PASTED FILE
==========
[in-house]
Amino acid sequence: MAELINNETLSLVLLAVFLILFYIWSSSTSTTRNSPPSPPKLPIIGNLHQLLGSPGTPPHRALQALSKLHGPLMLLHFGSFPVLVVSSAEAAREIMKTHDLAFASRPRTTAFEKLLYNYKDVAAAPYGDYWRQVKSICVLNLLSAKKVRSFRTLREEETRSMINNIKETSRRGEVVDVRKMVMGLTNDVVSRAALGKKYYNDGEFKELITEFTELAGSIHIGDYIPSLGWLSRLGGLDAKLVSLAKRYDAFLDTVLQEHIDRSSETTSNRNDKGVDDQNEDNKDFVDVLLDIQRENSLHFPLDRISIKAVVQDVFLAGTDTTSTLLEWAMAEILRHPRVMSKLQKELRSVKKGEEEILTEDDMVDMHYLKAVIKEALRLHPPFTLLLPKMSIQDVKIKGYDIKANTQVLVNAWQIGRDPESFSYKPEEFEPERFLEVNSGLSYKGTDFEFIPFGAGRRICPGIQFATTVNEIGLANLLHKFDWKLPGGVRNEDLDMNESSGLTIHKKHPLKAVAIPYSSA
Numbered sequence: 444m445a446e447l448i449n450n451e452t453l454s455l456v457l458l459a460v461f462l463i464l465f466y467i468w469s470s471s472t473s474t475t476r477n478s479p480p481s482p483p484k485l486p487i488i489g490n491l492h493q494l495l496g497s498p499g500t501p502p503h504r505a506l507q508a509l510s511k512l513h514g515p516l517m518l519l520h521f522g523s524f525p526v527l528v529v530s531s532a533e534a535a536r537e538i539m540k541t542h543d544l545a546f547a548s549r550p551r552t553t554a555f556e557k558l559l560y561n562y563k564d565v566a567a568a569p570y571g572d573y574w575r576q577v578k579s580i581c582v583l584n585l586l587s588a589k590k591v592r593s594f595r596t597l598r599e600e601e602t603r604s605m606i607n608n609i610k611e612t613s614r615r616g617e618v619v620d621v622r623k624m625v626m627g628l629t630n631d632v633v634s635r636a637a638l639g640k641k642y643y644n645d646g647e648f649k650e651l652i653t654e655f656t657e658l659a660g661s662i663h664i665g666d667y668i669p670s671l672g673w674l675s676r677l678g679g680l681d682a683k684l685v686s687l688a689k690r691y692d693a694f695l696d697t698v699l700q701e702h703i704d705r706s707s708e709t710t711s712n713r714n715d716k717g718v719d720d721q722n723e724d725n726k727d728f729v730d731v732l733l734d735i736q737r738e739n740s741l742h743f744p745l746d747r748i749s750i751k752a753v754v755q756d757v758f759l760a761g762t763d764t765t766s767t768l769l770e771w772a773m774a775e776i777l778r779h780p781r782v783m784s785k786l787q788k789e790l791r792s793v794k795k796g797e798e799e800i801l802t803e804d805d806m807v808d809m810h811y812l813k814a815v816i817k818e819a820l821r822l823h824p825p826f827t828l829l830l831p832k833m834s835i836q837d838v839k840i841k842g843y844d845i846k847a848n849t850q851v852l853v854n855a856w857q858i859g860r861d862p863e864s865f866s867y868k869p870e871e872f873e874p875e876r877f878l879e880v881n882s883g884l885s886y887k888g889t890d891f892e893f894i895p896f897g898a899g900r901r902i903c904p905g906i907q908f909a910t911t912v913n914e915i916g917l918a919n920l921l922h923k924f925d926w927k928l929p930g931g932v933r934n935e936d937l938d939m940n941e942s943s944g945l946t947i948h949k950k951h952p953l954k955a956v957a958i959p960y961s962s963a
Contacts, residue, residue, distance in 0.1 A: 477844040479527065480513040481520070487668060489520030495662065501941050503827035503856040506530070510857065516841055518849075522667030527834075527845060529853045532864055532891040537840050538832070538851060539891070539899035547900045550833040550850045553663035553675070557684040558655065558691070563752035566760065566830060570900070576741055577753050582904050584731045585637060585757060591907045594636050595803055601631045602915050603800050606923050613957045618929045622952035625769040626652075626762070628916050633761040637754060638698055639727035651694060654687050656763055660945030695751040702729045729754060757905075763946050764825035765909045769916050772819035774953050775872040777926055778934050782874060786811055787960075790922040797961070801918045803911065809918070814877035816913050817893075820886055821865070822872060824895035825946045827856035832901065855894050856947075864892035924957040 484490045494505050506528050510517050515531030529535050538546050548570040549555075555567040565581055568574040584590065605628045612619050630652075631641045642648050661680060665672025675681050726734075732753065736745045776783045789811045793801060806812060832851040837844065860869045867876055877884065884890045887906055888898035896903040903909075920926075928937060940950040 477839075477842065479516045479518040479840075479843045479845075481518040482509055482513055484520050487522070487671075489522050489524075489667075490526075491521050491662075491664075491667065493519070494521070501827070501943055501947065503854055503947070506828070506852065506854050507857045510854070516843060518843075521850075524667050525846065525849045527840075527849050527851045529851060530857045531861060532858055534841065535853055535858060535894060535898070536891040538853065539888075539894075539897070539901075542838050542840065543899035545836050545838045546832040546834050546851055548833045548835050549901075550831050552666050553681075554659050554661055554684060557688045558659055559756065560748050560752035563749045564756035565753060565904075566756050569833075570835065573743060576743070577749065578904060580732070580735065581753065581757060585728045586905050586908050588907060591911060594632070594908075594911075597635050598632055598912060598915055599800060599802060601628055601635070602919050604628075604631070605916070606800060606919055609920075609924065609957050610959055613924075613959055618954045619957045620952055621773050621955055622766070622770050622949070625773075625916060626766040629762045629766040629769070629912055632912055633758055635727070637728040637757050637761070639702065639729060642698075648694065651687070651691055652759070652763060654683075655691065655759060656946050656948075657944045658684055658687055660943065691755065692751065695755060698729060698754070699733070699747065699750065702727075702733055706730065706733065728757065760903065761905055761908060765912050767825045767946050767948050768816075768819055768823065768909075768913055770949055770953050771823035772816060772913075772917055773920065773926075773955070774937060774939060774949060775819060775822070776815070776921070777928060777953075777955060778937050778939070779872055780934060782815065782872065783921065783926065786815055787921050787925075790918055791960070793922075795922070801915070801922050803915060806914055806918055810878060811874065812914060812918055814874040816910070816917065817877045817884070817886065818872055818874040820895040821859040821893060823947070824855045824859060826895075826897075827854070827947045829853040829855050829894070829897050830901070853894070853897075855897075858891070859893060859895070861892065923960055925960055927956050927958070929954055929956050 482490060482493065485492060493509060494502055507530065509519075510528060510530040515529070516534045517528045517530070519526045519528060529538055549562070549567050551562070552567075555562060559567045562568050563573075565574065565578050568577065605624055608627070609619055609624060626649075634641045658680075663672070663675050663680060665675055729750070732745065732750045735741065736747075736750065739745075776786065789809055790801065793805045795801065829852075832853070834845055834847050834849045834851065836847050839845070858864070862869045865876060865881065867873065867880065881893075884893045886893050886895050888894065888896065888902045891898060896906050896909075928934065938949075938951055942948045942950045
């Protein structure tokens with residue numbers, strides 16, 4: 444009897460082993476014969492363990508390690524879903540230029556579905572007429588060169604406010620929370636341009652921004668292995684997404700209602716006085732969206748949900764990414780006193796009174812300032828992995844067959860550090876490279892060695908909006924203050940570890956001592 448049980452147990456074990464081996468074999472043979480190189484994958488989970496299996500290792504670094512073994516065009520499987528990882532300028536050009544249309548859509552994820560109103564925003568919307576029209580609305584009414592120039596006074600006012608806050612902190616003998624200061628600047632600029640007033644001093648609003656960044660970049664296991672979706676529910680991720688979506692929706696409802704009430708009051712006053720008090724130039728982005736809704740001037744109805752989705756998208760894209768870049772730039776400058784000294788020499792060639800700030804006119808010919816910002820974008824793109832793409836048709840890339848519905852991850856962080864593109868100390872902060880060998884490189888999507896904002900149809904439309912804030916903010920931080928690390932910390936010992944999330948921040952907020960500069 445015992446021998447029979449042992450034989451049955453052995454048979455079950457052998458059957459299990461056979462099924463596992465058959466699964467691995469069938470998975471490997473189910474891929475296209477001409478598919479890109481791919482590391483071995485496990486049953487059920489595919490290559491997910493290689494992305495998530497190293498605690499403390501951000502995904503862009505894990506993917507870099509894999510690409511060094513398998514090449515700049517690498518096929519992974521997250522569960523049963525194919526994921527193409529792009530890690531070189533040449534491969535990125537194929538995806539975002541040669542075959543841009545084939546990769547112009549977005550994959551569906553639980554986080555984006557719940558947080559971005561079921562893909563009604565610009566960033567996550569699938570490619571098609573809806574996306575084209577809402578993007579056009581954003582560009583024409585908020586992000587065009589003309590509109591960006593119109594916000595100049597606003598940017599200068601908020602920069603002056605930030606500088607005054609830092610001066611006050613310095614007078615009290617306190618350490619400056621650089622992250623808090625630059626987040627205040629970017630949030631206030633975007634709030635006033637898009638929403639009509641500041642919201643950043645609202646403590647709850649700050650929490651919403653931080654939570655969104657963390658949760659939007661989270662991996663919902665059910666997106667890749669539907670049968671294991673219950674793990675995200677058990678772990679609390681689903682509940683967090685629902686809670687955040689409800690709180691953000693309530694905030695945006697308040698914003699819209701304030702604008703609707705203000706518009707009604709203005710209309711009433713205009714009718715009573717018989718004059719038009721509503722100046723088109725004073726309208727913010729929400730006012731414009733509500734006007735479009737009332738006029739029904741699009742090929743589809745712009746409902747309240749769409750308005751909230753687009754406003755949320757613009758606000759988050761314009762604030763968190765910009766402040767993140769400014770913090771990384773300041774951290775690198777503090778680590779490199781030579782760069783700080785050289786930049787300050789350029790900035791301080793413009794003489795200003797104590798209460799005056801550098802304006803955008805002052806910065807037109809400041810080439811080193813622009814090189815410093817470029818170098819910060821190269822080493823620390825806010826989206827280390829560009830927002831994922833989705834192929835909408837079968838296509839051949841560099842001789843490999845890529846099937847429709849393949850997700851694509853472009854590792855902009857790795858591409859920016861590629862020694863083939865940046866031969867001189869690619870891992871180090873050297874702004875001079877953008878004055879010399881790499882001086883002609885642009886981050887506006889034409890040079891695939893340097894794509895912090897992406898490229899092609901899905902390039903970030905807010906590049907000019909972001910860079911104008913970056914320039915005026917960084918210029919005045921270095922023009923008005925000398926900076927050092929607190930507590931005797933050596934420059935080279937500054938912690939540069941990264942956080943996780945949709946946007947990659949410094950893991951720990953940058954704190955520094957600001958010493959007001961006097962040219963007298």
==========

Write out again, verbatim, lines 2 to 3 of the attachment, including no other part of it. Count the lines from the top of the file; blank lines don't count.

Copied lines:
Amino acid sequence: MAELINNETLSLVLLAVFLILFYIWSSSTSTTRNSPPSPPKLPIIGNLHQLLGSPGTPPHRALQALSKLHGPLMLLHFGSFPVLVVSSAEAAREIMKTHDLAFASRPRTTAFEKLLYNYKDVAAAPYGDYWRQVKSICVLNLLSAKKVRSFRTLREEETRSMINNIKETSRRGEVVDVRKMVMGLTNDVVSRAALGKKYYNDGEFKELITEFTELAGSIHIGDYIPSLGWLSRLGGLDAKLVSLAKRYDAFLDTVLQEHIDRSSETTSNRNDKGVDDQNEDNKDFVDVLLDIQRENSLHFPLDRISIKAVVQDVFLAGTDTTSTLLEWAMAEILRHPRVMSKLQKELRSVKKGEEEILTEDDMVDMHYLKAVIKEALRLHPPFTLLLPKMSIQDVKIKGYDIKANTQVLVNAWQIGRDPESFSYKPEEFEPERFLEVNSGLSYKGTDFEFIPFGAGRRICPGIQFATTVNEIGLANLLHKFDWKLPGGVRNEDLDMNESSGLTIHKKHPLKAVAIPYSSA
Numbered sequence: 444m445a446e447l448i449n450n451e452t453l454s455l456v457l458l459a460v461f462l463i464l465f466y467i468w469s470s471s472t473s474t475t476r477n478s479p480p481s482p483p484k485l486p487i488i489g490n491l492h493q494l495l496g497s498p499g500t501p502p503h504r505a506l507q508a509l510s511k512l513h514g515p516l517m518l519l520h521f522g523s524f525p526v527l528v529v530s531s532a533e534a535a536r537e538i539m540k541t542h543d544l545a546f547a548s549r550p551r552t553t554a555f556e557k558l559l560y561n562y563k564d565v566a567a568a569p570y571g572d573y574w575r576q577v578k579s580i581c582v583l584n585l586l587s588a589k590k591v592r593s594f595r596t597l598r599e600e601e602t603r604s605m606i607n608n609i610k611e612t613s614r615r616g617e618v619v620d621v622r623k624m625v626m627g628l629t630n631d632v633v634s635r636a637a638l639g640k641k642y643y644n645d646g647e648f649k650e651l652i653t654e655f656t657e658l659a660g661s662i663h664i665g666d667y668i669p670s671l672g673w674l675s676r677l678g679g680l681d682a683k684l685v686s687l688a689k690r691y692d693a694f695l696d697t698v699l700q701e702h703i704d705r706s707s708e709t710t711s712n713r714n715d716k717g718v719d720d721q722n723e724d725n726k727d728f729v730d731v732l733l734d735i736q737r738e739n740s741l742h743f744p745l746d747r748i749s750i751k752a753v754v755q756d757v758f759l760a761g762t763d764t765t766s767t768l769l770e771w772a773m774a775e776i777l778r779h780p781r782v783m784s785k786l787q788k789e790l791r792s793v794k795k796g797e798e799e800i801l802t803e804d805d806m807v808d809m810h811y812l813k814a815v816i817k818e819a820l821r822l823h824p825p826f827t828l829l830l831p832k833m834s835i836q837d838v839k840i841k842g843y844d845i846k847a848n849t850q851v852l853v854n855a856w857q858i859g860r861d862p863e864s865f866s867y868k869p870e871e872f873e874p875e876r877f878l879e880v881n882s883g884l885s886y887k888g889t890d891f892e893f894i895p896f897g898a899g900r901r902i903c904p905g906i907q908f909a910t911t912v913n914e915i916g917l918a919n920l921l922h923k924f925d926w927k928l929p930g931g932v933r934n935e936d937l938d939m940n941e942s943s944g945l946t947i948h949k950k951h952p953l954k955a956v957a958i959p960y961s962s963a